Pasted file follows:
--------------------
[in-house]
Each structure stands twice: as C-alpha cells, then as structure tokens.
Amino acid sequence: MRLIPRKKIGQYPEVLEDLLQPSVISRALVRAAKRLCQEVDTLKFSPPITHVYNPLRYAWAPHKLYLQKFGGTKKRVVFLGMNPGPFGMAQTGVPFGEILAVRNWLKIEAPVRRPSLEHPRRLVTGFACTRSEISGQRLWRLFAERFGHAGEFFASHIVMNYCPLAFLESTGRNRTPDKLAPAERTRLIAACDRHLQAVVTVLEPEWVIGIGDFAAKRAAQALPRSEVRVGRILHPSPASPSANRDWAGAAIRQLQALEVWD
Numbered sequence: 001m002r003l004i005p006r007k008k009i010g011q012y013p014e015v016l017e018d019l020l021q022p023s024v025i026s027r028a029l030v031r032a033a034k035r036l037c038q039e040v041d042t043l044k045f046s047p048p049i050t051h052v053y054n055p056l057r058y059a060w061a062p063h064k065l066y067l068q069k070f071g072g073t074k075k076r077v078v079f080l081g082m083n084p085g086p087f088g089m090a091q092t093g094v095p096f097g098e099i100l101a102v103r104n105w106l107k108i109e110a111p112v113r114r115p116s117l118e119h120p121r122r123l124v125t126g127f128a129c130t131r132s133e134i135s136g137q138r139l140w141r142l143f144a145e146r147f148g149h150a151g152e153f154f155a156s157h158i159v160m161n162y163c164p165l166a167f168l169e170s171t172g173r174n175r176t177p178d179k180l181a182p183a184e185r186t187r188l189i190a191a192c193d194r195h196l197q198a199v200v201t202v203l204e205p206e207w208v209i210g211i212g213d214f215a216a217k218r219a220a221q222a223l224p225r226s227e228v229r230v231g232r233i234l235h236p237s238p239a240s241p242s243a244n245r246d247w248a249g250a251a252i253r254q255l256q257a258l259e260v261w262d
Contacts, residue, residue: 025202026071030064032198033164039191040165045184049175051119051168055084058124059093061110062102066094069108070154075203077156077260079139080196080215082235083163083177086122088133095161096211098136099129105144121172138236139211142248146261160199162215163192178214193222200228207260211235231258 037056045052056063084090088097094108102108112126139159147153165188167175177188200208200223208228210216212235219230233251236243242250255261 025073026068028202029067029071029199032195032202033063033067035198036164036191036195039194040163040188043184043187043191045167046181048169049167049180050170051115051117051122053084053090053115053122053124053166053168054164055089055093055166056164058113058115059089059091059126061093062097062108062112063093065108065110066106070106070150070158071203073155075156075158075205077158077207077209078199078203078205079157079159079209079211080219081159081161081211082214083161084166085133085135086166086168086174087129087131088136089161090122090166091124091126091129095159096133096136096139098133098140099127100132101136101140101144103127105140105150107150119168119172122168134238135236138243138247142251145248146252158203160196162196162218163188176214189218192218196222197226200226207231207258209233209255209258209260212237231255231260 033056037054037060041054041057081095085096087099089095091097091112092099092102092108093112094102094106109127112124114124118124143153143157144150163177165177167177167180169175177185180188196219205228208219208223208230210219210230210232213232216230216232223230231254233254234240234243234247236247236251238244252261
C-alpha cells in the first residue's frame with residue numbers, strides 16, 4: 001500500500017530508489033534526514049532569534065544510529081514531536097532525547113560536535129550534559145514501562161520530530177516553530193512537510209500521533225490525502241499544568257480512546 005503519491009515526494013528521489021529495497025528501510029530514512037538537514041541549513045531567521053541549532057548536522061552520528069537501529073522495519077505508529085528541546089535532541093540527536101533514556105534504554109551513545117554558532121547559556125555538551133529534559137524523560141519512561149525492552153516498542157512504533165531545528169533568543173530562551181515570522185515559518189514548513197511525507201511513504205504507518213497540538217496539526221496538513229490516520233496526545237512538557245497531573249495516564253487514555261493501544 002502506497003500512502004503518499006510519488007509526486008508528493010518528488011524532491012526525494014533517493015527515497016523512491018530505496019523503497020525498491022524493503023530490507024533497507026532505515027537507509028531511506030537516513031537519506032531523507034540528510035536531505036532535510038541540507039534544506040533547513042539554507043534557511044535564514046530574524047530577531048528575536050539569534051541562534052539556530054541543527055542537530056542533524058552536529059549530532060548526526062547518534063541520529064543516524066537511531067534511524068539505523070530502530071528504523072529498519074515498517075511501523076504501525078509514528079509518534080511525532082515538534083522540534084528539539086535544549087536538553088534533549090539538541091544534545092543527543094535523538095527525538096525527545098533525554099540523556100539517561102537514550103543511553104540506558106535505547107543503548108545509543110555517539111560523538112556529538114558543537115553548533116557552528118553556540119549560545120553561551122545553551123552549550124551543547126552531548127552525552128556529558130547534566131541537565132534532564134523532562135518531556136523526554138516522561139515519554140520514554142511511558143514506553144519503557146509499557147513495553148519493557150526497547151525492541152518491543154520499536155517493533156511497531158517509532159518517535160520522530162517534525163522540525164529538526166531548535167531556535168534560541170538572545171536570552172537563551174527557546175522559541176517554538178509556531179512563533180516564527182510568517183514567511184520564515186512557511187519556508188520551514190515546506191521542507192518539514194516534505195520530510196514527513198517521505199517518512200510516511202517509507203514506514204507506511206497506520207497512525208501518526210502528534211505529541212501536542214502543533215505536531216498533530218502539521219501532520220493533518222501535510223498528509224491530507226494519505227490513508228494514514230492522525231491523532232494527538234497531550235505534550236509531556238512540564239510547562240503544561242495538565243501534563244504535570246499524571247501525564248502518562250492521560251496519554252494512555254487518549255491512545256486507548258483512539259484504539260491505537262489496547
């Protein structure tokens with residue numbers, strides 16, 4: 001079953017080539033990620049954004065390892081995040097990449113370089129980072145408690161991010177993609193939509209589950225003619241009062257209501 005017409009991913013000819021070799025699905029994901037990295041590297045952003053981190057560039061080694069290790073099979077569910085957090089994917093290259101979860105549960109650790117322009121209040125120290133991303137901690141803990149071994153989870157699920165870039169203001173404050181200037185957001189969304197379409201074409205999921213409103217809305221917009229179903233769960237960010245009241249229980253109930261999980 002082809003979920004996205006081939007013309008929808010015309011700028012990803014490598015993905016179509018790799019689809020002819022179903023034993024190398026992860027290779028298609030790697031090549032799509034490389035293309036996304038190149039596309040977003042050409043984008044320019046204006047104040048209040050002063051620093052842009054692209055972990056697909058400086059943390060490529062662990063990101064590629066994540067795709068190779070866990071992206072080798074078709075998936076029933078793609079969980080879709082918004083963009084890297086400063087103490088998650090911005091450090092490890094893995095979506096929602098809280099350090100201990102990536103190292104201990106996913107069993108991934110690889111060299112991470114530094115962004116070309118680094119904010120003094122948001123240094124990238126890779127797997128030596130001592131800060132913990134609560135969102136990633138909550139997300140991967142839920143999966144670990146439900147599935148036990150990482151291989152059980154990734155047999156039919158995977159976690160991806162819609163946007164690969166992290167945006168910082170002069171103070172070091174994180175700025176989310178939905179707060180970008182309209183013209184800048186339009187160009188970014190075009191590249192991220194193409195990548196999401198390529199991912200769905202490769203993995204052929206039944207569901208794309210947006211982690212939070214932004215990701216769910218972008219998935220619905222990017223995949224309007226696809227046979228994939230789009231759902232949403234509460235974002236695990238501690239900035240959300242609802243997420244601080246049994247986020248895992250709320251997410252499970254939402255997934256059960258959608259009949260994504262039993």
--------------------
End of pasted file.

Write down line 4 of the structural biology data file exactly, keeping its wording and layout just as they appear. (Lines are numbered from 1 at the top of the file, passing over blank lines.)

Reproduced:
Numbered sequence: 001m002r003l004i005p006r007k008k009i010g011q012y013p014e015v016l017e018d019l020l021q022p023s024v025i026s027r028a029l030v031r032a033a034k035r036l037c038q039e040v041d042t043l044k045f046s047p048p049i050t051h052v053y054n055p056l057r058y059a060w061a062p063h064k065l066y067l068q069k070f071g072g073t074k075k076r077v078v079f080l081g082m083n084p085g086p087f088g089m090a091q092t093g094v095p096f097g098e099i100l101a102v103r104n105w106l107k108i109e110a111p112v113r114r115p116s117l118e119h120p121r122r123l124v125t126g127f128a129c130t131r132s133e134i135s136g137q138r139l140w141r142l143f144a145e146r147f148g149h150a151g152e153f154f155a156s157h158i159v160m161n162y163c164p165l166a167f168l169e170s171t172g173r174n175r176t177p178d179k180l181a182p183a184e185r186t187r188l189i190a191a192c193d194r195h196l197q198a199v200v201t202v203l204e205p206e207w208v209i210g211i212g213d214f215a216a217k218r219a220a221q222a223l224p225r226s227e228v229r230v231g232r233i234l235h236p237s238p239a240s241p242s243a244n245r246d247w248a249g250a251a252i253r254q255l256q257a258l259e260v261w262d